The Photography of Matt Cashore
Matt Cashore, ND class of 1994 has been photographing the Notre Dame campus for 15 years. He’s shot the Dome, the ducks, the joggers by the lakes. Football games and tailgaters. Classrooms and labs and assorted “campus scenes.” The arrival of freshmen, the pageantry of commencement, the casual solemnity of residence hall Masses. He’s taken portraits for annual reports, aerial shots for historic purposes and documentary stills of presidential visits.
His first Notre Dame assignment came in 1990. He photographed his own freshman orientation for the Dome, the student yearbook. As a student, he shot for all the campus media, took a couple of photography classes, “did tons of photography and learned how to hide from the building monitors in LaFortune,” the building that housed the student media offices at that time. “I would keep on working there in the darkroom till 4 or 5 in the morning,” he recalls. “I spent most of my senior year on the third floor of LaFortune.” He was photo editor of the Dome that year—and got his first assignment from Notre Dame Magazine (a couple of faculty portraits).
Since then he has contributed countless photographs to this magazine. His work has filled these pages, appeared on the home page of the University’s website, taken our readers into the secret corners of “the unseen Notre Dame,” and exposed them to the crazy biker rally held annually in the Black Hills of South Dakota. A contract photographer for Notre Dame’s Athletic Department, Cashore has seen his photos in Sports Illustrated, The New York Times and ESPN: The Magazine. His freelance work easily consumes a 40-hour work week, but he also has a full-time job. He is a videographer with WNDU-TV, working the 3:30 a.m. to noon shift. He also finds time to fly his own airplane and this spring went skydiving for the first time.
But it is his still photography that drives and excites him professionally. “I get to get into places I have no business being,” he says. “Any assignment where I get to climb stuff is always fun. And it broadens my horizons. I get to experience other people’s lives for a half-hour at a time, and that’s fun—especially when it’s unexpected and unique.”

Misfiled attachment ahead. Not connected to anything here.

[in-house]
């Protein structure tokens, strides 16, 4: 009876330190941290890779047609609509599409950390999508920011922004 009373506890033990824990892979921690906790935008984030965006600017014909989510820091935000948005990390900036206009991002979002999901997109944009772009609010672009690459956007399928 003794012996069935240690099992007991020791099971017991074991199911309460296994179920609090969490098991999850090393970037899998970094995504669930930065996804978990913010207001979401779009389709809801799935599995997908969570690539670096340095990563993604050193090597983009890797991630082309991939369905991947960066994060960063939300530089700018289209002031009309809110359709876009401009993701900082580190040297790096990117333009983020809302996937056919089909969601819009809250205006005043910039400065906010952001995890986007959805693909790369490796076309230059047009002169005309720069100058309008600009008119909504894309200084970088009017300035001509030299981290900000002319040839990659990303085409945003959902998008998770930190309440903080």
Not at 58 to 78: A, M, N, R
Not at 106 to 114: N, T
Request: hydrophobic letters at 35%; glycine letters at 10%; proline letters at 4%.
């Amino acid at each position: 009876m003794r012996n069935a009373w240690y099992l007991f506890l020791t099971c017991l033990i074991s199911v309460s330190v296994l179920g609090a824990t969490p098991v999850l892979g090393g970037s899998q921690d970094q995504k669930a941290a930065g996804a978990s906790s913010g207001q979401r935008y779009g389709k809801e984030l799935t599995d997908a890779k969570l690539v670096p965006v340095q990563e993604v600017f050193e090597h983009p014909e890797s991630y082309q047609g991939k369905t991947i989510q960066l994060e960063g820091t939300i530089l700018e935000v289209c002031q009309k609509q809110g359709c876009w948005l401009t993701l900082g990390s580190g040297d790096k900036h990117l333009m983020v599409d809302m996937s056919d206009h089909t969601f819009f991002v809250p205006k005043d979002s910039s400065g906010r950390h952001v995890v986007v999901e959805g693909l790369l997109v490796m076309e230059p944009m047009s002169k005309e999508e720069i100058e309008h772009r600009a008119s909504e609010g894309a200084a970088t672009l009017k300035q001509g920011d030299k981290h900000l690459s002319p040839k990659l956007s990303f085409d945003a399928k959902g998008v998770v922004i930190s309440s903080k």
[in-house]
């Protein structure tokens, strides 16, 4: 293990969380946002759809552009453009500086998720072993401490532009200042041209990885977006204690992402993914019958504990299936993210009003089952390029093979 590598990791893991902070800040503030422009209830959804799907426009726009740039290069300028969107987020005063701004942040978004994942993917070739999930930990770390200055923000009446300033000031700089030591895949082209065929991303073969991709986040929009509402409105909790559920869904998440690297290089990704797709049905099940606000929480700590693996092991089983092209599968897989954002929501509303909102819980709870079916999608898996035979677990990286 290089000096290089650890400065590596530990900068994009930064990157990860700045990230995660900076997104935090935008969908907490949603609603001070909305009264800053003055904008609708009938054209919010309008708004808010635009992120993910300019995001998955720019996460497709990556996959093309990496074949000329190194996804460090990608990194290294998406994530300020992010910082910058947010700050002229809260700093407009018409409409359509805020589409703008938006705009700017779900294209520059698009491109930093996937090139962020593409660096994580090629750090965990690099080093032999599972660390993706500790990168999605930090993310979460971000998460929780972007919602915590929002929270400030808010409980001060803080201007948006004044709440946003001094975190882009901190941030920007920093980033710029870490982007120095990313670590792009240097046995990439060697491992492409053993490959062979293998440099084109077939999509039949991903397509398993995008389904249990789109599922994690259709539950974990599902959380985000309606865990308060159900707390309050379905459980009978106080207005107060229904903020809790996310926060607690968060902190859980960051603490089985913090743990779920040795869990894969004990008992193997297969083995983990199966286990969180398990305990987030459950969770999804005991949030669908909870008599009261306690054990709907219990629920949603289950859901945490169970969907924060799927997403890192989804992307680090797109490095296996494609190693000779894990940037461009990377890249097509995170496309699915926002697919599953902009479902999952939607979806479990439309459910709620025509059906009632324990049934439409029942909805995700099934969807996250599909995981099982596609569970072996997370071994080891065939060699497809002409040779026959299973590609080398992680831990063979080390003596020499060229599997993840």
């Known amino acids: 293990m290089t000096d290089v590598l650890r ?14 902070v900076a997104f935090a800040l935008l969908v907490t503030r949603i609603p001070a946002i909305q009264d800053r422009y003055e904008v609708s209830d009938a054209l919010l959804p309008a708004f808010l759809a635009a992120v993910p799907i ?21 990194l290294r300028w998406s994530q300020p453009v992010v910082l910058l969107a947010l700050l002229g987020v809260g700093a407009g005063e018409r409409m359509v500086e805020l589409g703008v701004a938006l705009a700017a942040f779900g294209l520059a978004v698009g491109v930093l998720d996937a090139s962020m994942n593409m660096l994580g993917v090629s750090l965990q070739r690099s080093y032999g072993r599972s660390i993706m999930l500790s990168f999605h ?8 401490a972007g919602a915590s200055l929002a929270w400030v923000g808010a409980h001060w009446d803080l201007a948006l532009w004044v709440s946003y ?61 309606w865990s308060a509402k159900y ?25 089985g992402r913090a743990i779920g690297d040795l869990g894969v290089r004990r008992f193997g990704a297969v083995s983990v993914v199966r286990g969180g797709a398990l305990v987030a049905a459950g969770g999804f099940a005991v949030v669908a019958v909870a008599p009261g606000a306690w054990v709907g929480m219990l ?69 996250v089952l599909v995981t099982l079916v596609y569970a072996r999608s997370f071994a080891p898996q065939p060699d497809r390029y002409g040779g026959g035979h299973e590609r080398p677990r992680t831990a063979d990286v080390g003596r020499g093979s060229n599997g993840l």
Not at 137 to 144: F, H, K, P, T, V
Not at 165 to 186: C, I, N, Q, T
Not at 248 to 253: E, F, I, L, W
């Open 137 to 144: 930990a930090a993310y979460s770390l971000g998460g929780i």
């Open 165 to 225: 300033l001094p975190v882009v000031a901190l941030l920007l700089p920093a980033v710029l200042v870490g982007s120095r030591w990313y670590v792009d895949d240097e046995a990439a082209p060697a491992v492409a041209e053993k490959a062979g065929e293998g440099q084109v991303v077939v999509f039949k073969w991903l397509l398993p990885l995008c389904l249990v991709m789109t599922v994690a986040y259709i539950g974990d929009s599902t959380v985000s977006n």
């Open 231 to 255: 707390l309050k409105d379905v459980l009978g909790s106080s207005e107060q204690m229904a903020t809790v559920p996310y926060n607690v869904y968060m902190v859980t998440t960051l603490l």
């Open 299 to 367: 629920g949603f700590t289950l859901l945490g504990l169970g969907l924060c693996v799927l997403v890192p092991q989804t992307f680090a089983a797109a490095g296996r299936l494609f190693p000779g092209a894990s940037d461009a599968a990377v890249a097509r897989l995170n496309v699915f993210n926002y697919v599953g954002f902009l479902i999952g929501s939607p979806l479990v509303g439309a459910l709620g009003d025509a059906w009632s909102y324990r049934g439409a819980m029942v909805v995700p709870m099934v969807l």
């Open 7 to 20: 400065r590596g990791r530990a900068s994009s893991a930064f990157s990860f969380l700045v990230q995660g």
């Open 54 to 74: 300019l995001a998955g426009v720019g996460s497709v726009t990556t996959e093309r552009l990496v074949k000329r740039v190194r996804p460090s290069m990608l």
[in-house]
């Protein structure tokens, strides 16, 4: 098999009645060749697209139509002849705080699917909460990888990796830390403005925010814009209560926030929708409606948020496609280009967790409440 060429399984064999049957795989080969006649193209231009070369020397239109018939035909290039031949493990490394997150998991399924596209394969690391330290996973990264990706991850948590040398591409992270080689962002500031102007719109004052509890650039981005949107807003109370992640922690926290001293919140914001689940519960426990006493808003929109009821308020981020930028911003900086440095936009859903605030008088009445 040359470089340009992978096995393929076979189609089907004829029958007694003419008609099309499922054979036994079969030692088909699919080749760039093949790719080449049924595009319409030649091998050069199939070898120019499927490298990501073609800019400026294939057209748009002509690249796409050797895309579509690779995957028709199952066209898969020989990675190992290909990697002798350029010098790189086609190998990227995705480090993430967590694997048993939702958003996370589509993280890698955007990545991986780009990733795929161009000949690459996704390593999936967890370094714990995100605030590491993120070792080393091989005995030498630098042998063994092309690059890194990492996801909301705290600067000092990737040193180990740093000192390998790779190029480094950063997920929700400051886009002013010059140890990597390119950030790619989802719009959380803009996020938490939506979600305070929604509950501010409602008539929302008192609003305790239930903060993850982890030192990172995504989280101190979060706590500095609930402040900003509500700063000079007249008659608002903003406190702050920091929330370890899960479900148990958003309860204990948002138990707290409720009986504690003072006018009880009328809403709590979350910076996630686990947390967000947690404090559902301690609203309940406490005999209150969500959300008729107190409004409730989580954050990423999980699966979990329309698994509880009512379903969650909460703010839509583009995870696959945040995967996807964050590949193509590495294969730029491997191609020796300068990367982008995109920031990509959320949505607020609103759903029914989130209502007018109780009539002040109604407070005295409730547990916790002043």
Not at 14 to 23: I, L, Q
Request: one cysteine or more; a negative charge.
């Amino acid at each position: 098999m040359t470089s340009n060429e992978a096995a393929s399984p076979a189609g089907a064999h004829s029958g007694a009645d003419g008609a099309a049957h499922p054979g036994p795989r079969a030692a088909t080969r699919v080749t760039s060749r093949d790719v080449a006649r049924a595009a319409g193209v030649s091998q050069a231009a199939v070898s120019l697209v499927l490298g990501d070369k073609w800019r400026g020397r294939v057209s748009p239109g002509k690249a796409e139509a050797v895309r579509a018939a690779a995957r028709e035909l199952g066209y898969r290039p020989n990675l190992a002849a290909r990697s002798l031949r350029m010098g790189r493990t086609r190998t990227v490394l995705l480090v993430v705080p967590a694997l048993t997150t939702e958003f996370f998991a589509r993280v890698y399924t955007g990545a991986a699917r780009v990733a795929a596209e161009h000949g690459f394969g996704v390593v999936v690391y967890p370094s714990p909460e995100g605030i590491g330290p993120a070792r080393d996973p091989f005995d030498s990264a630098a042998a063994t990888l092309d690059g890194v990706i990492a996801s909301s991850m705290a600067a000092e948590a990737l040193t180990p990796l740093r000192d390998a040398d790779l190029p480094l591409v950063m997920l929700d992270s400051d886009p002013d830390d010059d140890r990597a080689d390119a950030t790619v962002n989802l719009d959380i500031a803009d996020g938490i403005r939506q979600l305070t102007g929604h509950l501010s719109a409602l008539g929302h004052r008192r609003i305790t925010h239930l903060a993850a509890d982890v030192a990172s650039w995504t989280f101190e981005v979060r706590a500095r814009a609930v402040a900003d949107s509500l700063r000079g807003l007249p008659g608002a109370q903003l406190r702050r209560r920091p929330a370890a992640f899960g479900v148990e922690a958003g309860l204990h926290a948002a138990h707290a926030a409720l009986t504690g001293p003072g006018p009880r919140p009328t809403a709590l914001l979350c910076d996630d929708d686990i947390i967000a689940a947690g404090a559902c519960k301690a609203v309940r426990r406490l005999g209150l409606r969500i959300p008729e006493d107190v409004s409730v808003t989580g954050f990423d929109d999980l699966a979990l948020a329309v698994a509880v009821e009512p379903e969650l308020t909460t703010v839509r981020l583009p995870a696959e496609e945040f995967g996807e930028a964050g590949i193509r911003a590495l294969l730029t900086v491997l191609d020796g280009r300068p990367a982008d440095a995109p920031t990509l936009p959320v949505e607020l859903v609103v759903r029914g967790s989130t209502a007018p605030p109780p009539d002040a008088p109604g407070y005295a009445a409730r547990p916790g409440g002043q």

It is not unusual for creative people to improve with age and experience, and Cashore’s photographs demonstrate what happens when talent, hard work and maturity come together. But one of the remarkable aspects of his work is the elevation in quality even though the subject matter has remained the same. Cashore has shot on campus for 15 years, yet his images are persistently fresh, the view through his lens perpetually innovative, his eye ready to see new meaning in familiar terrain, to catch the predictable moment from the unexpected angle.
“The seasons help,” he says, trying to explain this knack for capturing domes and spires and statues and quads as if for the first time. “But mainly it’s that the light is always different —every day and every minute of the day. And it’s being ready to be surprised that this thing you have passed 100 times and seeing how at this time, this season, this day, how it looks unlike it has the other 99 times you’ve passed it by. There’s always something a little different about the light at each particular moment in a day.”
After 15 years we thought it time to gather some representative photos into a gallery. So here’s a partial collection of moments when the light and the eye and the lens coincided to capture and freeze in time a vivid piece of the Notre Dame experience.